Boris Yeltsin was president of Russia from 1991 to 1999, the first popularly and freely elected leader in Russian history. Ultimately, Yeltsin was a mixed figure on the international stage, variously considered a heroic visionary who helped bring down the USSR peacefully and took Russia into a new era, yet also a chaotic and ineffective alcoholic, more often the focus of ridicule than praise.
Yeltsin left a freer world, playing a pivotal role in the collapse of the Soviet Union, yet underdelivered on many of the promises of economic prosperity he made to the Russian people. His presidency was characterised by Russia’s move to a free-market economy, conflicts in Chechnya and his own recurring health struggles.
Here are 10 facts about Boris Yeltsin.
1. His family were purged
The year before Yeltsin was born in 1931, Yeltsin’s grandfather Ignatii was accused of being a kulak (wealthy peasant) during Stalin’s purges. The family’s lands were confiscated, and Yeltsin’s grandparents were sent to Siberia. Yeltsin’s parents were forced into a kholkoz (collective farm).
2. He lost his finger playing catch with a grenade
Whilst at secondary school, Yeltsin was an active sportsman and prankster. One prank backfired spectacularly, when the grenade he was playing with exploded, taking off the thumb and index finger of his left hand.
3. He admitted to reading illegal literature
Despite being a devout communist to begin with, Yeltsin became disillusioned with the totalitarian and hard-line elements of the regime. This was reinforced, he would later claim, when he read an illegal copy of The Gulag Archipelago by Aleksandr Solzhenitsyn. The book, detailing the worst atrocities of the Gulag system, became a key read in the underground literature or ‘samzidat’ of the USSR.
4. He resigned from the Politbureau in 1987
Yeltsin handed in his resignation from the Politbureau (the control centre of the USSR’s Communist Party) in 1987. Before this resignation, Yeltsin had been openly critical of the party’s stunted reforms and, by extension, of the USSR’s leader at the time, Mikhail Gorbachev. This marked the first time in history that someone had voluntarily resigned from the Politbureau.
5. He once gave a speech sitting on the barrel of a tank
On 18 August 1991, just over two months after being elected as president of the Russian Soviet Federative Socialist Republic (SFSR), Yeltsin found himself defending the USSR from a coup by communist hardliners opposed to Gorbachev’s reforms. Yeltsin sat atop one of the coup-plotters’ tanks in Moscow and rallied the crowd. Soon after the coup failed, and Yeltsin emerged a hero.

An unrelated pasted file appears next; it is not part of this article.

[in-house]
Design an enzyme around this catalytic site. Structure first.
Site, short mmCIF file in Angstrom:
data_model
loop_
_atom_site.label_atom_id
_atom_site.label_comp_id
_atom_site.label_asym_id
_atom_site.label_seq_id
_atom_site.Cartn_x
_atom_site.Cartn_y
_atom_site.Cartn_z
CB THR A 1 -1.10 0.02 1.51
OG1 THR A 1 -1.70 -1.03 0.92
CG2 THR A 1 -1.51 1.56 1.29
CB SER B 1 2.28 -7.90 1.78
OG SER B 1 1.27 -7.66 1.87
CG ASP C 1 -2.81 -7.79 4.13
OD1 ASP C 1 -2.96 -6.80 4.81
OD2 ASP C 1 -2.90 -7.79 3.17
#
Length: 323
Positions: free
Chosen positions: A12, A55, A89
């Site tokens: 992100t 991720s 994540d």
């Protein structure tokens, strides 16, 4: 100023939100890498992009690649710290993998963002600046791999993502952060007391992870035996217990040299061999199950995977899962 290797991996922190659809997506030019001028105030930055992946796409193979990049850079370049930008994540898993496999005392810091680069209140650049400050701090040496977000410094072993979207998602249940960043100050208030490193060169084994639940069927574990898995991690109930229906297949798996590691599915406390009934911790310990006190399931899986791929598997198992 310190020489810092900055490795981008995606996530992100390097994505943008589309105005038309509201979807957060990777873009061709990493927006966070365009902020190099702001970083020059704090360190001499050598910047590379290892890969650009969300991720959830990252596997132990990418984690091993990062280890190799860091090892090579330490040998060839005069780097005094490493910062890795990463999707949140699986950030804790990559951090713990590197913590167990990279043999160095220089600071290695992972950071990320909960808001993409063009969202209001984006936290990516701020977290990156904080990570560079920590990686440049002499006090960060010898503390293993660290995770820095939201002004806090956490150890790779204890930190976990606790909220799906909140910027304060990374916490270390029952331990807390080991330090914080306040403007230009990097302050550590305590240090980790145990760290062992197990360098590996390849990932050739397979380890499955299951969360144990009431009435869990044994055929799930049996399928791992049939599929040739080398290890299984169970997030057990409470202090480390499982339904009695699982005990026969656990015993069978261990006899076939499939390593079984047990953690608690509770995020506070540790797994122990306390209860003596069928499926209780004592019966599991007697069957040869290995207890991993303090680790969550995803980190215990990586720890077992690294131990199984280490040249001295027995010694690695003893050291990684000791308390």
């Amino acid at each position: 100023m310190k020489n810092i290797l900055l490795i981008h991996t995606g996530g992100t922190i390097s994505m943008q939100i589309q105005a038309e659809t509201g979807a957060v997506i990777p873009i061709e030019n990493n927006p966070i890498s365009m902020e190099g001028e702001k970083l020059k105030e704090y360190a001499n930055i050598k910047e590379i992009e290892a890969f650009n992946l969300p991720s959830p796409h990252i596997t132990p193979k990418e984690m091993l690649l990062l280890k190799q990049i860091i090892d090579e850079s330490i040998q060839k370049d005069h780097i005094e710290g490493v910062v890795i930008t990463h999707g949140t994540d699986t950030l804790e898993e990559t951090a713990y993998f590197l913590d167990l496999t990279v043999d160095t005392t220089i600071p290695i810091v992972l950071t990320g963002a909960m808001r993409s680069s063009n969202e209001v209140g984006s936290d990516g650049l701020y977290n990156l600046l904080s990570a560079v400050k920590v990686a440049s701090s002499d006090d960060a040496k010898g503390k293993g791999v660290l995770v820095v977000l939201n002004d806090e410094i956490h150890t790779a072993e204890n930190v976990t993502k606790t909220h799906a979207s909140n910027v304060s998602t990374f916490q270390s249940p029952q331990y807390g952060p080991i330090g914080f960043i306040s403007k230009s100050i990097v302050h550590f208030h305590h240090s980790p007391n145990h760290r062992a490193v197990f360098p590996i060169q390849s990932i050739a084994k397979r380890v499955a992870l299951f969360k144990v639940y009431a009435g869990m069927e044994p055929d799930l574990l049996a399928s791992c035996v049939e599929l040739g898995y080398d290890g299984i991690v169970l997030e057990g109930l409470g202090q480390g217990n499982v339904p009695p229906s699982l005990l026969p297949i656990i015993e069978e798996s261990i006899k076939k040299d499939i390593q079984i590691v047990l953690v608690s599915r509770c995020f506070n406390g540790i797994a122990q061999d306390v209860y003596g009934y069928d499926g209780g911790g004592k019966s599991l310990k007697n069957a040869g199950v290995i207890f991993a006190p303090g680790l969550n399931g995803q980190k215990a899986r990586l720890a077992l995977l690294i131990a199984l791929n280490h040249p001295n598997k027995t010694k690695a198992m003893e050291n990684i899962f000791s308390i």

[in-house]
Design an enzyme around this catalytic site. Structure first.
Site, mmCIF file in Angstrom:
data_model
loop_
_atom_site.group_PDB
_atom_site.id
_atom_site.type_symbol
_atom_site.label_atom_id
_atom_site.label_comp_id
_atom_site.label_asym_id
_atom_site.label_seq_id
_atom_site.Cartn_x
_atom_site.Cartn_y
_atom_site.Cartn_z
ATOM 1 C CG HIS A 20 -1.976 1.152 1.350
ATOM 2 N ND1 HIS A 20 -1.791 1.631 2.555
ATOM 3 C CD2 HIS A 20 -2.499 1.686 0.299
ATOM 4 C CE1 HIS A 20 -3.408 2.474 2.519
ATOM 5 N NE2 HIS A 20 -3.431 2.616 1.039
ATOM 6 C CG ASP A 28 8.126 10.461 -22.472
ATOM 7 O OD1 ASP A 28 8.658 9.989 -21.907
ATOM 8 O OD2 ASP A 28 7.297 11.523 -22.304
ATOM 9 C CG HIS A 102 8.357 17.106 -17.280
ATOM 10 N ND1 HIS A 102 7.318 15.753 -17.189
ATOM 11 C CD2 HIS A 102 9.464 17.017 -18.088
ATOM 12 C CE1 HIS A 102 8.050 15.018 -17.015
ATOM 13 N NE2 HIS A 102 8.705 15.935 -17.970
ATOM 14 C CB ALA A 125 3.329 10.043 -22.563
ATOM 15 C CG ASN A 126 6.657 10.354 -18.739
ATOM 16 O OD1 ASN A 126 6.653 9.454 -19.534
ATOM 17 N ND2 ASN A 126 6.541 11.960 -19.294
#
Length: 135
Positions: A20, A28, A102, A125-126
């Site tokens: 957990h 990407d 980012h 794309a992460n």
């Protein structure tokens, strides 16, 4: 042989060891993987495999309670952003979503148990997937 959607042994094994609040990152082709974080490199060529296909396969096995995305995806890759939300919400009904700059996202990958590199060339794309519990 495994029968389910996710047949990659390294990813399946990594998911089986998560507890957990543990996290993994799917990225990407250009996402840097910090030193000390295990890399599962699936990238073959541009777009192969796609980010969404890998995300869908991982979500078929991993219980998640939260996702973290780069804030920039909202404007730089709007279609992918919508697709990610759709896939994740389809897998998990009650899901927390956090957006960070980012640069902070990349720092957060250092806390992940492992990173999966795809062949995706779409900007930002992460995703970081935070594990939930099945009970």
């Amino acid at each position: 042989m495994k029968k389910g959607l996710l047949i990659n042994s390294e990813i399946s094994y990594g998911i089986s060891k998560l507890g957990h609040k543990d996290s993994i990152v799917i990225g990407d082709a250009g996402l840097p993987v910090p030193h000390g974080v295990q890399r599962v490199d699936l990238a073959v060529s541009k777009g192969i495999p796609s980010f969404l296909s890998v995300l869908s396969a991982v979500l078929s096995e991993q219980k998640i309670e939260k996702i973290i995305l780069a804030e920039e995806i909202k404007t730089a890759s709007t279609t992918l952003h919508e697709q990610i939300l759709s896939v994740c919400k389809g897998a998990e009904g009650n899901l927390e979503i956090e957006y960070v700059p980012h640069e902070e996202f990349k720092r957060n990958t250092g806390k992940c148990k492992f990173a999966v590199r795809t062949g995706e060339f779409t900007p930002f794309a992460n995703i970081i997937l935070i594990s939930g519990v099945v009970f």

6. Yeltsin signed the Belovezh Accords in 1991
On 8 December 1991, Yeltsin signed the Belovezh Accords in a ‘dacha’ (holiday cottage) in Belovezhskaya Pushcha in Belarus, effectively ending the USSR. He was accompanied by the leaders of the Belarussian and Ukrainian SSRs. Kazakhstan’s leader attempted to join but his plane was diverted.
Yeltsin had gone into the meeting to discuss the restructuring of the USSR, yet in a matter of hours and many drinks later, the death warrant of the state was signed. The original document was found to have gone missing in 2013.
7. He had major alcohol issues
An intoxicated Yeltsin, on a visit to US President Bill Clinton, was once found running down Pennsylvania Ave, wearing only his pants, trying to hail a taxi and order a pizza. He only returned to his hotel when he was promised a pizza would be delivered.
Yeltsin also once played the spoons on the head of the (bald) President Askar Akayev of Kyrgyzstan.
8. He embarrassed a party of Irish officials in 1994
On 30 September 1994, Yeltsin left a party of dignitaries, including Irish ministers, waiting awkwardly on the runways of Ireland’s Shannon Airport after allegedly being too drunk or hungover to depart the plane.
Yeltsin’s daughter would later claim her father had suffered a heart attack. ‘Circling over Shannon’ would go on to become a euphemism for being too drunk to function in Ireland. The incident raised questions about Yeltsin’s health and capacity to function.
9. He came very close to nuclear war
In January 1995 a team of scientists launched a rocket to help study the Northern Lights from Svalbard in Norway. The Russian military, still fearful of a US attack, interpreted this as a potential first strike, and Yeltsin was brought the nuclear suitcase. Thankfully, nuclear armageddon was averted when the true purpose of the rocket was established.
10. He became erratic towards the end of his presidency
In the last days of his presidency, facing 2% approval ratings, Yeltsin became increasingly erratic, hiring and firing ministers almost daily. When he finally resigned on 31 December 1999, the relatively unknown figure he’d appointed as his successor was the last man standing in the game of musical chairs. That man was Vladimir Putin.